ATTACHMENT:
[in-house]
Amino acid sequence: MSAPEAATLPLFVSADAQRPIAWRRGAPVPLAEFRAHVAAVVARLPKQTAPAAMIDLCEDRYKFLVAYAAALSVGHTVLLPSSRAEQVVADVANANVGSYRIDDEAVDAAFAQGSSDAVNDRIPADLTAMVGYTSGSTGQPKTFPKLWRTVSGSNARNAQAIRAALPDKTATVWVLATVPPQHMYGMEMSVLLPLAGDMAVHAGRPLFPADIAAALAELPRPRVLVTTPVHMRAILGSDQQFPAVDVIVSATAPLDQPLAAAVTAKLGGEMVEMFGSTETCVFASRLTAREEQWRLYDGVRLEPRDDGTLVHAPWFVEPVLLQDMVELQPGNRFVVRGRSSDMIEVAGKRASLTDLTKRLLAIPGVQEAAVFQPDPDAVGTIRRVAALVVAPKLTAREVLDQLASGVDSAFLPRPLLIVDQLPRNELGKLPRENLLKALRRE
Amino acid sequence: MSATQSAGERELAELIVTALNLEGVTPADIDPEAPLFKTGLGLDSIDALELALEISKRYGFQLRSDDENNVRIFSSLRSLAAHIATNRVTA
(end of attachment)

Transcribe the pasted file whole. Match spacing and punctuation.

[in-house]
Amino acid sequence: MSAPEAATLPLFVSADAQRPIAWRRGAPVPLAEFRAHVAAVVARLPKQTAPAAMIDLCEDRYKFLVAYAAALSVGHTVLLPSSRAEQVVADVANANVGSYRIDDEAVDAAFAQGSSDAVNDRIPADLTAMVGYTSGSTGQPKTFPKLWRTVSGSNARNAQAIRAALPDKTATVWVLATVPPQHMYGMEMSVLLPLAGDMAVHAGRPLFPADIAAALAELPRPRVLVTTPVHMRAILGSDQQFPAVDVIVSATAPLDQPLAAAVTAKLGGEMVEMFGSTETCVFASRLTAREEQWRLYDGVRLEPRDDGTLVHAPWFVEPVLLQDMVELQPGNRFVVRGRSSDMIEVAGKRASLTDLTKRLLAIPGVQEAAVFQPDPDAVGTIRRVAALVVAPKLTAREVLDQLASGVDSAFLPRPLLIVDQLPRNELGKLPRENLLKALRRE
Amino acid sequence: MSATQSAGERELAELIVTALNLEGVTPADIDPEAPLFKTGLGLDSIDALELALEISKRYGFQLRSDDENNVRIFSSLRSLAAHIATNRVTA